5 types of fonts

Fonts are a playful way to create a vocal tone and experience. When you’re reading something and a word or sentence is in bold, italic or all caps, you change the inflection of how it’s read. The same goes for types of fonts as a whole. A story written in a scripted font is going to present differently when written in a serif or sans serif font. Not sure on what that all means? I got you covered. There are hundreds of thousands of fonts out there, but for the most part, they all fall under a handful of categories. I’m going to show you the top 5 types of fonts that are the most common.

source: www.designbolts.comsource: www.designbolts.com

Serif fonts: refer to the serif on the letters in the font family. A serif is a line that extends past the body of the letter. For instance, the ‘d’ in Bodoni has a line at the top of the d and the bottom of the d that extends past the letter. That little guy is a serif.

Where and how to use this font

Basically anywhere. Serif fonts were used primarily for print back in the day to help with legibility. As technology grew and the screen was introduced into our world, serif fonts were found to be a little harder to read. But that’s not to say it can’t or shouldn’t be used of digital and screen designs. Considering that this is a pretty traditional font, it work really well with formal, elegant, luxury and classic brands. Serif fonts work great as body text and header text, primary or secondary fonts.

source: www.crazyleafdesign.comsource: www.crazyleafdesign.com

Sans Serif fonts: The same as a serif font except minus the serifs. Clean lines that typically have the same width throughout the font.

Where and how to use this font

I can’t decide if I like sans serif or serif fonts more. I personally feel I lean a little heavier on the sans serifs. But, they’re both beautiful fonts that are solid staples in any brand. So where and how do you use a sans serif font? Basically anywhere, just like with serifs. You can use this for print and digital, for your main body copy or for secondary fonts for your headers. One thing to consider when it comes to choosing your fonts, is understanding who your target market is. If your main market is 60-80 year olds, using a serif font as your main body text would probably be best. Mostly because it’s more legible for older eyes and the tone of the font is probably more relatable to them too. Not always, though! Just understand who it is you’re talking to.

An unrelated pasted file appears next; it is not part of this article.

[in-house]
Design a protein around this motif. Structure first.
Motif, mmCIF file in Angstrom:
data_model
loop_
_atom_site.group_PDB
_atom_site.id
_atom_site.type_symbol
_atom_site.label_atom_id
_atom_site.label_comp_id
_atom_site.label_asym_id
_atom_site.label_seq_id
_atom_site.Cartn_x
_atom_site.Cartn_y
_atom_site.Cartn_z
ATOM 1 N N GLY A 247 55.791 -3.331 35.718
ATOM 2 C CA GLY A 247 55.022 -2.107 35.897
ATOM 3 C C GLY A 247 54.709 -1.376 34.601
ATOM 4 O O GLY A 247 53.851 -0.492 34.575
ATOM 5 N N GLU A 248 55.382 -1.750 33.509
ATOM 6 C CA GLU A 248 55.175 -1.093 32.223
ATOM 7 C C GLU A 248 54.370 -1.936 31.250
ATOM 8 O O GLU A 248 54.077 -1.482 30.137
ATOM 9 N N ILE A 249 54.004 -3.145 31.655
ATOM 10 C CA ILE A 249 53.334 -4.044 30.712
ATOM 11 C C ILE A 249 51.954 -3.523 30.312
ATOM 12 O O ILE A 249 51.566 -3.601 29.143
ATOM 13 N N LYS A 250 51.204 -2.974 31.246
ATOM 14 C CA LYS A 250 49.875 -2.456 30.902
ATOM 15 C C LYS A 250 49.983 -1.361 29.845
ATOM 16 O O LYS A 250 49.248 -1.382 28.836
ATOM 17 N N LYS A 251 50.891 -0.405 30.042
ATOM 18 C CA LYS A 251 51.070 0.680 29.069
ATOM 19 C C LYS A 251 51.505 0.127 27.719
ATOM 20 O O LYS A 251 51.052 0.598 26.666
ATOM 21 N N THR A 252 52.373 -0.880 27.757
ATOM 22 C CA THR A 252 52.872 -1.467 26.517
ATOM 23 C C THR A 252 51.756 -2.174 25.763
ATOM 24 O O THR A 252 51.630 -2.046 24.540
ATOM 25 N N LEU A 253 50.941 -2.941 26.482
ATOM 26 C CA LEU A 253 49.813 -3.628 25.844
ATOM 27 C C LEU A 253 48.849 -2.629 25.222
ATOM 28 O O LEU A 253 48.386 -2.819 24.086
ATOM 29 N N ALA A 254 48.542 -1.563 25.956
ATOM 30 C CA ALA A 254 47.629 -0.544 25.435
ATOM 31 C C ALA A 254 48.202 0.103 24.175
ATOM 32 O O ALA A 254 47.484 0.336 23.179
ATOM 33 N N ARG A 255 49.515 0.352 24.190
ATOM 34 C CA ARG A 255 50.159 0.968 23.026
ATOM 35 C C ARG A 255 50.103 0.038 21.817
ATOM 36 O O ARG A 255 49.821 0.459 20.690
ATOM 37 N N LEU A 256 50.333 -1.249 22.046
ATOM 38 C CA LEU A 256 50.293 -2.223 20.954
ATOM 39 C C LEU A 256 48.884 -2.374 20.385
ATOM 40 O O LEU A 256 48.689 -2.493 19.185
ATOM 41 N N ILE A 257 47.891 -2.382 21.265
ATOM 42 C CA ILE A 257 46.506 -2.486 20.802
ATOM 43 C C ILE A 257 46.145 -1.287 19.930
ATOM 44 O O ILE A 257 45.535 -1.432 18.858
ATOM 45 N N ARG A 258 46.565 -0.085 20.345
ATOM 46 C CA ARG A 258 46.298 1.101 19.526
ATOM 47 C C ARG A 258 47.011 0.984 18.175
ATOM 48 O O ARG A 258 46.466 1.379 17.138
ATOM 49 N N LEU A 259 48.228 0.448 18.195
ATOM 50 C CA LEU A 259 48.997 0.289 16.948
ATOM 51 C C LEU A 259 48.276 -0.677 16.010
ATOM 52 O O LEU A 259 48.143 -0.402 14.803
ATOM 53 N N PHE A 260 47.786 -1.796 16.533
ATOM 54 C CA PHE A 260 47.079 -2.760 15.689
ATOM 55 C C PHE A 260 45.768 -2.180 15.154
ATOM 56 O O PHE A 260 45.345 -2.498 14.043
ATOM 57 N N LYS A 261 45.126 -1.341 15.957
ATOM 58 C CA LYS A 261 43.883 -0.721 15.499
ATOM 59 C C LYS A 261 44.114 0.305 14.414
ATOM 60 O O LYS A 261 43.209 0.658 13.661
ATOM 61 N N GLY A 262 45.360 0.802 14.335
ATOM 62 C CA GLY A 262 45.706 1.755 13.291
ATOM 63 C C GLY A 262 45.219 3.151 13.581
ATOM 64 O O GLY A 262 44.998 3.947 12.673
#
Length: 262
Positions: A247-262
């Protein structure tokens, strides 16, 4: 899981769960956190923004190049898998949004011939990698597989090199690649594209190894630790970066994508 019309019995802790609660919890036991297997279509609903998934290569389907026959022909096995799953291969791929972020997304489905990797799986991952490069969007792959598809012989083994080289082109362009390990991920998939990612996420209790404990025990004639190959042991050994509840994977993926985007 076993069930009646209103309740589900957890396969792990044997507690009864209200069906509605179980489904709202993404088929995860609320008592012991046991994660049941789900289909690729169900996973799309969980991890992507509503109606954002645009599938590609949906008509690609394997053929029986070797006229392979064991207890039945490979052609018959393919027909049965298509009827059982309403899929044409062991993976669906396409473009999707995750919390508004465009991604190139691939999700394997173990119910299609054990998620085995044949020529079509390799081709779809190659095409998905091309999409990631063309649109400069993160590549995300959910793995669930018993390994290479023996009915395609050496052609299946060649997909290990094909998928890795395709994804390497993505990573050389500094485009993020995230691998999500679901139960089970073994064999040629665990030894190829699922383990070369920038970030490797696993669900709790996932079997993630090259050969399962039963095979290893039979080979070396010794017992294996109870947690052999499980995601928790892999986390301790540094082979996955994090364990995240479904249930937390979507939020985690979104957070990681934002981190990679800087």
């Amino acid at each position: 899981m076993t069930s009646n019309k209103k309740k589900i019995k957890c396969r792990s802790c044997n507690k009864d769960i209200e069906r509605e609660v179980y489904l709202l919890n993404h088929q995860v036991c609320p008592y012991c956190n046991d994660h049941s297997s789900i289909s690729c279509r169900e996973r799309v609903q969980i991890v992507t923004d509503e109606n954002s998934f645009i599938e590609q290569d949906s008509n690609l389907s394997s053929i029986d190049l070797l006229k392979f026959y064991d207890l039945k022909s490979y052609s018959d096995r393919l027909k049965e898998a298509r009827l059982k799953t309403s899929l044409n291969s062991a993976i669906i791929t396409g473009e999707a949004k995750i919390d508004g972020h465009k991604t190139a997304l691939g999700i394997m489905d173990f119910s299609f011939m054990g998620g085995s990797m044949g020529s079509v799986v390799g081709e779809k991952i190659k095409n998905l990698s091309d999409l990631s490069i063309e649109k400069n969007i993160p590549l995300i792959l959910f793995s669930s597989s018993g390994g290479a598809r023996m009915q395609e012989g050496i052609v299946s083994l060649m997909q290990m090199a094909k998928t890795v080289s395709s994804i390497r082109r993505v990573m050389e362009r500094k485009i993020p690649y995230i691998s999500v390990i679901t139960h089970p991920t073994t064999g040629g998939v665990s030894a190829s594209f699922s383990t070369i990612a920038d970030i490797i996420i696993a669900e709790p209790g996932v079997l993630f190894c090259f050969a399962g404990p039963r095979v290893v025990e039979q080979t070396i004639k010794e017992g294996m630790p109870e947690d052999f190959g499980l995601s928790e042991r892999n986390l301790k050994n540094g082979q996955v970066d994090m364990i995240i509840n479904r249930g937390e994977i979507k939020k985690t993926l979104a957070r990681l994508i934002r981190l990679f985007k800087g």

source: www.creativebloq.comsource: www.creativebloq.com

Handwritten: these fonts typically have a playful tone to them. They don’t have to be cursive, swirly or messy. They just have to have a feeling as though someone wrote the letters down themselves.

Where and how to use this font

Because of the tone that these types of fonts offer, they’re best place is an additional element to your brand. I wouldn’t recommend to use handwritten fonts as a main body copy font for a few reasons. Not only can they can be really hard to read, but they can also cause overwhelm for your readers if there’s a lot of it in one setting. The point is to get people to read your content, not have to work to read it, right? Using handwritten fonts look awesome as signatures, 1-5 word elements like adding notes to your designs, headers, invite designs etc.

source: www.fontbundles.comsource: www.fontbundles.com

Calligraphy/Script: I call this the fancy font. These can be handwritten fonts, too, or more refined. Both fit in this category.

Where and how to use this font

Just like handwritten fonts, calligraphy/script fonts can be really hard to read. That said, they still make for great elements in design. The best way to use this font is for headers, signatures, fancy invites, texture/background designs etc. Keep in mind, if you use this font as body text for your readers, try to pick one that’s easy to read. If you’re making your audience work to read your copy, you’re going to lose their interest pretty qua

www.fontbundles.comwww.fontbundles.com

Display/Decorative: these are also fancy fonts but they’re built even more unique. They have A typeface that’s not meant for every business or brand and used to lead the viewers in.

Where and how to use this font

As mentioned above, display fonts are typically designed to lure viewers in. The best way to use this type of font is for CTA’s (call to action), headers/headings, and anything that you want to be all things big. This type of font is not intended for large body text/copy.

Choosing the right type of font

Now that we’ve gone through the main categories of fonts, you might be wondering how you choose fonts to represent your business and brand. There are a few rules that go with this, but for now we’ll keep it simple. I always recommend having a serif or sans serif font intended for your body copy. From there you can add 1-2 more fonts. One being used for headings and sub headings, the other being for display and fancy elements that you can sprinkle in your designs.

The key to choosing the right fonts for your brand is to understand who your target audience is and what your brand personality is. If you’re not sure, let’s connect!

Comments +

Leave a Reply

Your email address will not be published.